In a decisive move, the American Clinical Laboratory Association (ACLA) is attempting to rally the lab community and stakeholders across the nation while taking on Congress by creating a new campaign called the “Stop Lab Cuts campaign.” The campaign is an effort to safeguard patient access to laboratory services through an advocacy effort to pass the Saving Access to Laboratory Services Act (S. 4449/H.R. 8188) by the end of the year. With proposed policies over the years aiming to strike and weaken reimbursement, staffing levels impacted by the great resignation, and the general financial turmoil created by a global pandemic, the value of protecting dwindling reimbursement is imperative.
A Looming Threat
As you may know, Medicare payment cuts are likely coming at the start of next year. By cutting reimbursement, access to diagnostic tests could be put at risk. However, according to the ACLA, there are even more consequences at stake stating “After three prior rounds of 10 percent cuts, additional reductions to payments may result in a weakened clinical lab infrastructure, making it more difficult to deliver routine health care and respond to the next public health crisis. Without strong clinical laboratories, the nation’s response to COVID-19 would have been severely hampered.”
According to the ACLA, over 800 tests across the nation are slated to experience an up to 15 percent reimbursement cut at the start of the next year. However, this is the shadow of “previous rounds of cuts between 2017 and 2022 that resulted in payment for tests used to screen and diagnose diabetes, heart disease, and other chronic conditions to be cut by 27 percent. Some tests could see a cumulative cut of up to 41 percent.”
Furthermore, reimbursement cuts stifle investment in future generations of diagnostic tests.
The Promise of Potential Legislation
The bipartisan and bicameral legislation plans to adjust the existing 2014 Protecting Access to Medicare Act (PAMA). As many may know the PAMA Act, has resulted in “significant cuts to Medicare payments for routine laboratory tests that guide clinical decision-making.” By building a robust clinical laboratory infrastructure, healthcare will be able to reinforce the execution of everyday patient care. This structure, if properly maintained, can provide protection against the inevitable future public health crisis. The Saving Access to Laboratory Service Act would support existing needs while creating innovation for future generations of clinical diagnostics.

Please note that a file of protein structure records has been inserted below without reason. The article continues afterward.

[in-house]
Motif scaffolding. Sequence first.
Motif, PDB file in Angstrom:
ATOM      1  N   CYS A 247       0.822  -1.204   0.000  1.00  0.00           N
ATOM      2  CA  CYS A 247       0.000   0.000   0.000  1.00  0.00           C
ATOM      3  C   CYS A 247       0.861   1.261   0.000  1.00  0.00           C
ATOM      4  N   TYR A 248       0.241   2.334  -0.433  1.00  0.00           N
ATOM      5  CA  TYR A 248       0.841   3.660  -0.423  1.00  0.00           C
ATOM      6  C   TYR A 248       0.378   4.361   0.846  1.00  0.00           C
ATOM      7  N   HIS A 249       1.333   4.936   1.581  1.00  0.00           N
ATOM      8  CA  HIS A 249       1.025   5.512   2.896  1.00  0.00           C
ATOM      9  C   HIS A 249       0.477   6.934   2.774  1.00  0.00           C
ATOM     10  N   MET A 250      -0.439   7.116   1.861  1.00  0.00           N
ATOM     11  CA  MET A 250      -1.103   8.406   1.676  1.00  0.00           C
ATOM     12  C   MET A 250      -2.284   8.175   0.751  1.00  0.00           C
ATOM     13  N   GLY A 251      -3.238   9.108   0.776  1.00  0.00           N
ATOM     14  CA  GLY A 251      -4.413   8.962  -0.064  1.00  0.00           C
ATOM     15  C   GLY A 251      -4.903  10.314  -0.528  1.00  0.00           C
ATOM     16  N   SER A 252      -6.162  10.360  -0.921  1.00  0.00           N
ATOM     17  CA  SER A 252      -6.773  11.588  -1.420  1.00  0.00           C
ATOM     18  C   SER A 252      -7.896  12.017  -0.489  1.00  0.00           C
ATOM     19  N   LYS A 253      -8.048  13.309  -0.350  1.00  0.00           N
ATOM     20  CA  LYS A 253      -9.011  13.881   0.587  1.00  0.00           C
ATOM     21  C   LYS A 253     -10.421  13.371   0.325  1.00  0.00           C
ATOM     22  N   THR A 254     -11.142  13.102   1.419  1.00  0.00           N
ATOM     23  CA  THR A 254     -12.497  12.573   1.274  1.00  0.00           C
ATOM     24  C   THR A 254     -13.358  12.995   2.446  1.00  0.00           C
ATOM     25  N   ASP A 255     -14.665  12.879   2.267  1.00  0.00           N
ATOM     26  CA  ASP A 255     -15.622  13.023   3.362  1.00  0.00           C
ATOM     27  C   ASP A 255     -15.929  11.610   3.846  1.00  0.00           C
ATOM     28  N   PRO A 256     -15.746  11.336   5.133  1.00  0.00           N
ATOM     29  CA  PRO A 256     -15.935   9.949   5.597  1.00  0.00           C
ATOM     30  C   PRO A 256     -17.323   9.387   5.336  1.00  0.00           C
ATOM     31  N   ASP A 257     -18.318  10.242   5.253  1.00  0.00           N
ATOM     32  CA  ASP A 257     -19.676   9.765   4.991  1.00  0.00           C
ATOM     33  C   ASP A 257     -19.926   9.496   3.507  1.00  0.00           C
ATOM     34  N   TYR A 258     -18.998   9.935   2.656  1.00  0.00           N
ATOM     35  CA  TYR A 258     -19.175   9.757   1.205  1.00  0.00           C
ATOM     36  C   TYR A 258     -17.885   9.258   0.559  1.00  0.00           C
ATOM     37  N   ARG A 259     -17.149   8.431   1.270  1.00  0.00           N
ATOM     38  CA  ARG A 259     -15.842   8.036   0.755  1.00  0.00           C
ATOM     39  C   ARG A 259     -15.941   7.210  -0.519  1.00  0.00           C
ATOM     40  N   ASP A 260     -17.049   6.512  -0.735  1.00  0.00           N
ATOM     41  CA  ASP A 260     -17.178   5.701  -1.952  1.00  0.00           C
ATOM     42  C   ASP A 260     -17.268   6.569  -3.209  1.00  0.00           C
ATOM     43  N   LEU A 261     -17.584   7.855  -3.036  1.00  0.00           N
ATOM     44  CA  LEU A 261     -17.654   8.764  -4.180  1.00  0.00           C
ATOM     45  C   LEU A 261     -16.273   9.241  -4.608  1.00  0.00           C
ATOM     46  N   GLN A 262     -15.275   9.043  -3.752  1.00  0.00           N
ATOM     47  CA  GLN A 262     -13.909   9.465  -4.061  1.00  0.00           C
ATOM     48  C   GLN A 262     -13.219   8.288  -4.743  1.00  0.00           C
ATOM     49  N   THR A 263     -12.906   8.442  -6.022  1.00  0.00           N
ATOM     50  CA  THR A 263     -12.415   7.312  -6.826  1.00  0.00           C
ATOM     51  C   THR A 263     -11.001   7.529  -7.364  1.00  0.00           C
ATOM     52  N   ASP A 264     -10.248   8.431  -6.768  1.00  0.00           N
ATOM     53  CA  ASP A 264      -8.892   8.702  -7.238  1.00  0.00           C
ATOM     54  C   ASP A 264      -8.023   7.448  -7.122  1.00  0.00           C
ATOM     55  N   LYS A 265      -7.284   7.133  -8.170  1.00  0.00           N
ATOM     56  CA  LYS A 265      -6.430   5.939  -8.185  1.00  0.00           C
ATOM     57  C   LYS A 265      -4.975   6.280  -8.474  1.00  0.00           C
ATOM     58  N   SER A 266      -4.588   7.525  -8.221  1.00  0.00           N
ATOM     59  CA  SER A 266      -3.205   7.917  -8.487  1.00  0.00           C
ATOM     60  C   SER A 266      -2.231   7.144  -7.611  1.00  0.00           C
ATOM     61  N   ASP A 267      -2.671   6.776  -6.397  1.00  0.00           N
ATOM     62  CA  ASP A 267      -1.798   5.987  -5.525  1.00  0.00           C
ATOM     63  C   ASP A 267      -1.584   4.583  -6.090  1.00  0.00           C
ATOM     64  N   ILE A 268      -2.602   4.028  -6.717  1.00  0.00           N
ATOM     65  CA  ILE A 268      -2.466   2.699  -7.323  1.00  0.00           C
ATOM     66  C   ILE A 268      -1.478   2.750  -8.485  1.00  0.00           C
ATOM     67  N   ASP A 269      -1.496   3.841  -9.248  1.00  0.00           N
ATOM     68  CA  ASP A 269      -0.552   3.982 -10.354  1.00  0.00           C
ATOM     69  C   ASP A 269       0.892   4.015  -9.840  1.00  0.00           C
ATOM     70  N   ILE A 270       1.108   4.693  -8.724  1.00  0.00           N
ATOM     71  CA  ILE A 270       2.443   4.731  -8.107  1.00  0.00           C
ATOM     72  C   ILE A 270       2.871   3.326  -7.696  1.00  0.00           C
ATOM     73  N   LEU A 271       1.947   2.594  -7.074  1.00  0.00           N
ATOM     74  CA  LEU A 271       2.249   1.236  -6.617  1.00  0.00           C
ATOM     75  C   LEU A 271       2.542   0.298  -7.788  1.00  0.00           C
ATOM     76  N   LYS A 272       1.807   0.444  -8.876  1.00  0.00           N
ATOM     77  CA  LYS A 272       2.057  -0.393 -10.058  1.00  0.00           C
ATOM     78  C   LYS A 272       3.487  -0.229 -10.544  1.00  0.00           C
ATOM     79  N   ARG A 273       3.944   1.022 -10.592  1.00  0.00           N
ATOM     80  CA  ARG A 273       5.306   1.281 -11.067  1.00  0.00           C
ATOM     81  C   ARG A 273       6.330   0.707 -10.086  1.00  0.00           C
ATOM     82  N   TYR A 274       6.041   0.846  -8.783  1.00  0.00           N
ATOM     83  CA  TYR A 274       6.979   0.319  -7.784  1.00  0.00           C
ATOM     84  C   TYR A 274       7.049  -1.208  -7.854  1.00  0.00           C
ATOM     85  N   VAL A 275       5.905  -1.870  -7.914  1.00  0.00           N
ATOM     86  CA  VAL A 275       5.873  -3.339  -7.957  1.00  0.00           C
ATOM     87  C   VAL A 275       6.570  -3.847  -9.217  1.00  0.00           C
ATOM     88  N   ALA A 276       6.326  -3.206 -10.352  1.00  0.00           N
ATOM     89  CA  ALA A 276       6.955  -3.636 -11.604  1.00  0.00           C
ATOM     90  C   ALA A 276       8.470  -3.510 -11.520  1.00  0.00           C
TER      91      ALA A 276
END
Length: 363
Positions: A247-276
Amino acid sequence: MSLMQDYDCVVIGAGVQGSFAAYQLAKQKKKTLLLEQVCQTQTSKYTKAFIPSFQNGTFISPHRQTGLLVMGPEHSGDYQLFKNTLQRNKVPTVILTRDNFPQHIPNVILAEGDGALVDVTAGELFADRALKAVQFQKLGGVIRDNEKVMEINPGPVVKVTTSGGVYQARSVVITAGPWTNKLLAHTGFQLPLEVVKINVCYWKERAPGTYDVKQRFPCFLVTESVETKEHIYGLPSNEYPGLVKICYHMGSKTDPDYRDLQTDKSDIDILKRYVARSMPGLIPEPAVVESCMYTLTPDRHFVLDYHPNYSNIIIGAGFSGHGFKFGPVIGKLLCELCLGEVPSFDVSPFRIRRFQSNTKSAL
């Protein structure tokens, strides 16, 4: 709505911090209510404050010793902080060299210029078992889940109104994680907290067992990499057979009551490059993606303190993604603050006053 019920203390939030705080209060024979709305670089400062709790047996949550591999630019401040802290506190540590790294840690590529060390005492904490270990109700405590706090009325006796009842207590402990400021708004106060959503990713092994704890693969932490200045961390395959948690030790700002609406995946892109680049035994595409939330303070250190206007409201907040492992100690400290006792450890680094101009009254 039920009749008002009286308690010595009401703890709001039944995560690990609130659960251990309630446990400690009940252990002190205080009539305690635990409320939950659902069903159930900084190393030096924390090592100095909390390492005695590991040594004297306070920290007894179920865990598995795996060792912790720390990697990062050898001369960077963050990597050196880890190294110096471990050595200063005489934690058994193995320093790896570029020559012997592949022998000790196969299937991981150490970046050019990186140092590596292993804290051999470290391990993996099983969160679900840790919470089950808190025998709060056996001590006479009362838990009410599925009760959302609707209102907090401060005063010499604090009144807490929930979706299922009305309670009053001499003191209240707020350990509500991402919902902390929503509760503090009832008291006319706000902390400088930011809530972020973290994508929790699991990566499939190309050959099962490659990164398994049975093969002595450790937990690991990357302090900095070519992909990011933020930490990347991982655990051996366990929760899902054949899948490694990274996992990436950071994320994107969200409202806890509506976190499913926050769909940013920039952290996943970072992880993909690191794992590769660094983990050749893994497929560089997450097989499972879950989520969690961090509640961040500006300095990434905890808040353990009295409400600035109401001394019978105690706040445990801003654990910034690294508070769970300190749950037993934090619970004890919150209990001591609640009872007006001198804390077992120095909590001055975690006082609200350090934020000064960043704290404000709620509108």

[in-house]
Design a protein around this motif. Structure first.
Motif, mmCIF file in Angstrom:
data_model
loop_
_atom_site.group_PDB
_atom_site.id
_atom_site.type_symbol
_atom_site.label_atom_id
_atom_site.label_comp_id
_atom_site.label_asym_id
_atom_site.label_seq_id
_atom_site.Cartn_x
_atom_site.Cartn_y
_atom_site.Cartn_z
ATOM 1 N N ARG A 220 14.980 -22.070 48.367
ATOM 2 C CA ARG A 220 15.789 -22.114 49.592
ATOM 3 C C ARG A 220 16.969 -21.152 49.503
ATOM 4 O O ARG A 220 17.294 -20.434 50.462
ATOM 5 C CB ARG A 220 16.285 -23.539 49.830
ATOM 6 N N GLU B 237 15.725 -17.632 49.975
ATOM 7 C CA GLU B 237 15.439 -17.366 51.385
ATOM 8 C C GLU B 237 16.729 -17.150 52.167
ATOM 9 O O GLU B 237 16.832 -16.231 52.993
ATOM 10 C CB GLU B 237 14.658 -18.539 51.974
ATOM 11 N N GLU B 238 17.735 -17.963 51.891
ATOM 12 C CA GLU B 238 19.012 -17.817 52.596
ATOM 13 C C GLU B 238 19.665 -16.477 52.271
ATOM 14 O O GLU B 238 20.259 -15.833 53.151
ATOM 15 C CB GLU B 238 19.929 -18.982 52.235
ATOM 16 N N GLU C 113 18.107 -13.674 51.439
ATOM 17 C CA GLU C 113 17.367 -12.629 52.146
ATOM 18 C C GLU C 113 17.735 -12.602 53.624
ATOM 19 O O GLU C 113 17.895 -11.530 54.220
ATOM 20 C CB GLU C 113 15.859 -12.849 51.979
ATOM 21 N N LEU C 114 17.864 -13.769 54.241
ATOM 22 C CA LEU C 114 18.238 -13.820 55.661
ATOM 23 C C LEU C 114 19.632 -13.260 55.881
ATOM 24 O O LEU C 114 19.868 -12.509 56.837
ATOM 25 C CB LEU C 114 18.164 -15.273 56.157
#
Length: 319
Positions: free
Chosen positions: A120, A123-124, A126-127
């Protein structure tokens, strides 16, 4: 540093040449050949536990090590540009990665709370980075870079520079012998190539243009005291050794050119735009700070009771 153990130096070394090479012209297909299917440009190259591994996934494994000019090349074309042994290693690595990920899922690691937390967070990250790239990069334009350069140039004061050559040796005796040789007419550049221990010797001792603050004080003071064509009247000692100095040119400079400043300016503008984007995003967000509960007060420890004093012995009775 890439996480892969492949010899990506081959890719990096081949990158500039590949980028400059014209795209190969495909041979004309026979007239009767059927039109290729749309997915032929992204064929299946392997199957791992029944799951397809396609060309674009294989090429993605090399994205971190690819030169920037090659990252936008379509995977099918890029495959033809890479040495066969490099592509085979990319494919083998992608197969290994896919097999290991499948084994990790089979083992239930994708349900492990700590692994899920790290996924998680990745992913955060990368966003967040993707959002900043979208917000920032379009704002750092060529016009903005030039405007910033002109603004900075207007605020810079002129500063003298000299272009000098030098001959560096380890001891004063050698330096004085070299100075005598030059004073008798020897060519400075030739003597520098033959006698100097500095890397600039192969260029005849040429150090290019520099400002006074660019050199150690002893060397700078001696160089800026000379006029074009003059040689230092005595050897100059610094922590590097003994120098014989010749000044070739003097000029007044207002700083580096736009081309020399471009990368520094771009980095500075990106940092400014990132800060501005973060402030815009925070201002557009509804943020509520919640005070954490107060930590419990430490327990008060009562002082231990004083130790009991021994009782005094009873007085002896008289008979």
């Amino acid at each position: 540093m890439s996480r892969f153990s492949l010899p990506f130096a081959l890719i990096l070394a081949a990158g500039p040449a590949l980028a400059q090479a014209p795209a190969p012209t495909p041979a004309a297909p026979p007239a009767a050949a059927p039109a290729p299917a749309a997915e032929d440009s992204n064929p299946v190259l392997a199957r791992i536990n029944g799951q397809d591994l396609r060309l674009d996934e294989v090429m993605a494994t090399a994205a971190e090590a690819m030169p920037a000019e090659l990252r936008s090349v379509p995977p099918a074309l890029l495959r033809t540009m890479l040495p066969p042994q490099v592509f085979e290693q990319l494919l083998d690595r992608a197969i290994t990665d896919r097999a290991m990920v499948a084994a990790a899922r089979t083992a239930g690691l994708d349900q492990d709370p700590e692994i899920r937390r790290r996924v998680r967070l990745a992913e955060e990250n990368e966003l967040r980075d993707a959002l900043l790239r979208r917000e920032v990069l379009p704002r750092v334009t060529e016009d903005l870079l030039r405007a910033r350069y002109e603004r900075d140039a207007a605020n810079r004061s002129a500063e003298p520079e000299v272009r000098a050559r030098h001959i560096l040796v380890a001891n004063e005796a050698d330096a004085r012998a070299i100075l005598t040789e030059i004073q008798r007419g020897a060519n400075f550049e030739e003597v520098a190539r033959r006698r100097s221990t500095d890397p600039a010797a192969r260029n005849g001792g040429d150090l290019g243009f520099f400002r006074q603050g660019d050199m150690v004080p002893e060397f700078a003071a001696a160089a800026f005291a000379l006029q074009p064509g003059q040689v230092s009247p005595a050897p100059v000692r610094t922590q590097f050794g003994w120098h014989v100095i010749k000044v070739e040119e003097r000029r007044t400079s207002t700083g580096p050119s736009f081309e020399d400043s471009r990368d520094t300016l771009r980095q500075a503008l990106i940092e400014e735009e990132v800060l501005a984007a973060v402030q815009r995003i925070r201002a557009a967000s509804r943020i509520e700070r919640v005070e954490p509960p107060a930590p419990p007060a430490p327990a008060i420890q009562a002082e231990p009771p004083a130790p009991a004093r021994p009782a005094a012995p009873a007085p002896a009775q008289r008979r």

In an online press release, Susan Van Meter, ACLA President, commented that “Without congressional intervention this year, laboratories across the country will face a fourth round of Medicare reimbursement cuts, which could threaten the delivery of routine care, undermine the clinical laboratory infrastructure needed to manage multiple public health challenges, and reduce investment in innovation, Congress has acted three times to delay these harmful reimbursement cuts, but long-term reform is needed to safeguard access to the essential tests that patients need.”
The act was put forward early this summer in June by senators Sherrod Brown (D-OH) and Richard Burr (R-NC), along with Reps. Bill Pascrell (D-NJ), Scott Peters (D-CA), Richard Hudson (R-NC), Gus Bilirakis (R-FL), and Kurt Schrader (D-OR). The act would break down the data reporting and offer a simplified process. Policies within the act guide the Centers for Medicare & Medicaid Services (CMS) to gather data from a statistical sampling of not just a few types of labs but all significant types of labs including hospital, independent, and physician office laboratories.
The ACLA praised the potential policy, stating “Targeted sampling, as designed by the Saving Access to Laboratory Services Act, is a straightforward solution to collecting representative private market data to achieve accurate and sustainable Medicare rates for laboratory services. In the long-term, sustainability for lab reimbursement will support strong clinical laboratory infrastructure to protect public health and innovation in tomorrow’s diagnostics while providing robust access to improve patient health.”
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